Peter Hicks: Linx is a private equity fund that invests in a diverse group of manufacturing, industrial and business services companies. Most of our investments are recapitalizations of family owned companies, where we partner with the owners to work on the next phase of growth. We utilize the strategic, financial and operational skills of our team to increase the value of the companies in which we invest.

Jeff Lipsitz: Cortec was founded by people with ample experience in the corporate world, which has shaped our investment focus. We try to bring our extensive operating experience to help management teams in the middle market grow companies and add value to their businesses. We concentrate on maximizing return by increasing sales and managing margins.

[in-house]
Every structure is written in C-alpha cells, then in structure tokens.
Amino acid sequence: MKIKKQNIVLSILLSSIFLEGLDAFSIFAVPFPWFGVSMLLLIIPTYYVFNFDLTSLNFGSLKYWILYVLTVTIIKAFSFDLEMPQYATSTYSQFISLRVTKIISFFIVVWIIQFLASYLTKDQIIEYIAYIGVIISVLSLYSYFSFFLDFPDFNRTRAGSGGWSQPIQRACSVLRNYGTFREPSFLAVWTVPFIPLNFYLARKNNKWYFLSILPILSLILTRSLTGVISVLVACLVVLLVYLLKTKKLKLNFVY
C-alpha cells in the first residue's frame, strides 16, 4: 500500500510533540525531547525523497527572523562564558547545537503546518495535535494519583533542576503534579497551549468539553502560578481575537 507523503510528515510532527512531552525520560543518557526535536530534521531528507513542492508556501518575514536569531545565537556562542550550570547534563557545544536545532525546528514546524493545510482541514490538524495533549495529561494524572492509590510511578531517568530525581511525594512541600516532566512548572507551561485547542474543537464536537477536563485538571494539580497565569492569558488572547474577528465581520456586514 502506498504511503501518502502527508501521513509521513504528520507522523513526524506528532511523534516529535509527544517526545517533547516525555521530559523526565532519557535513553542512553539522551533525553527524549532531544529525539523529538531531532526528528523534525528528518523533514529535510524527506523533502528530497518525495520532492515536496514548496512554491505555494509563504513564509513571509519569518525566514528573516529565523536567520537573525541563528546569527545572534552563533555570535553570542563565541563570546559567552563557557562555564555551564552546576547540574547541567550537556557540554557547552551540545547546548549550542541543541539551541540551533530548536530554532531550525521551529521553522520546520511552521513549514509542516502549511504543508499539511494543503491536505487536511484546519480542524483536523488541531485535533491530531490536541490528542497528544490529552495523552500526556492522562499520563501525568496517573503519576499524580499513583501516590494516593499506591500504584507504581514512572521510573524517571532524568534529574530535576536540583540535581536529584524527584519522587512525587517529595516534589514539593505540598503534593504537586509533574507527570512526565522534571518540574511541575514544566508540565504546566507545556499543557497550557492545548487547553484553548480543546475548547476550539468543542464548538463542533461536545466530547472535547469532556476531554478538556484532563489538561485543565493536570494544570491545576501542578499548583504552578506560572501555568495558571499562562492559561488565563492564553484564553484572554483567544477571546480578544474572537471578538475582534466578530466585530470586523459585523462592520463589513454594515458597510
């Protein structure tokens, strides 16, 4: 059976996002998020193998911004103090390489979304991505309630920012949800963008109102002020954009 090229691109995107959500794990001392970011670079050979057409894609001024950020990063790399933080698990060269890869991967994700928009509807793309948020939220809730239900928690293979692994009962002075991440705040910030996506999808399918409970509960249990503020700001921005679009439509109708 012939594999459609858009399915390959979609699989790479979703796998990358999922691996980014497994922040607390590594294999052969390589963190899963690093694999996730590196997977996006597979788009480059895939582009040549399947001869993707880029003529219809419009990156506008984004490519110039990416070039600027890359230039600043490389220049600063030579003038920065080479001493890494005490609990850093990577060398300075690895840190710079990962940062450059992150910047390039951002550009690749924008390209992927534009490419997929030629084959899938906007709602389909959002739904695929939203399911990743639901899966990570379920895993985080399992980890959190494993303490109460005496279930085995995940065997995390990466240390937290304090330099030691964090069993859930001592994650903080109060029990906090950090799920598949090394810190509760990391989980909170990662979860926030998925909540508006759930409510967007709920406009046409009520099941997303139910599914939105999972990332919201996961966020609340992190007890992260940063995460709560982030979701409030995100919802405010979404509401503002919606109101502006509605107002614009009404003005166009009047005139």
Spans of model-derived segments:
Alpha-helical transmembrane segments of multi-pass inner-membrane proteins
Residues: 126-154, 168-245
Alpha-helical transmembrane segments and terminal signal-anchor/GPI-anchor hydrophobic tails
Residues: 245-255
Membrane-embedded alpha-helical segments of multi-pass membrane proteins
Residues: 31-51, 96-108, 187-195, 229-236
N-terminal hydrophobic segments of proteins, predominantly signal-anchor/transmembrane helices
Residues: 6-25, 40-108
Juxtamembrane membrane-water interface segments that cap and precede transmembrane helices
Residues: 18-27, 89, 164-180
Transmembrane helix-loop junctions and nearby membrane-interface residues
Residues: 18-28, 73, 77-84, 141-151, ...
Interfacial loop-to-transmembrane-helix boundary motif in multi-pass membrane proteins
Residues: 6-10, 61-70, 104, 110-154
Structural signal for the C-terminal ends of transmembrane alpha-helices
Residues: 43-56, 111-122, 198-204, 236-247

AB: How do you feel about the current state of the residential building products market and the window and door segment specifically? Is now a good time to invest?

PH: The downturn in new residential building has made us cautious about companies that manufacture building products for this segment. However, we have a favorable outlook for the replacement side of the markets, especially for companies that have a real niche. As far as investing is concerned, there is no question in our minds that there will be many opportunities to invest as the cycle unfolds.

JF: We see the current state of the market as the bottom of the cycle, and a good time to invest in well-positioned companies that have attractive business models. In particular, we believe window and door companies oftentimes have structural characteristics that allow them to weather the downturn in the overall market. We are actively seeking add-on acquisitions for ABC Window Co.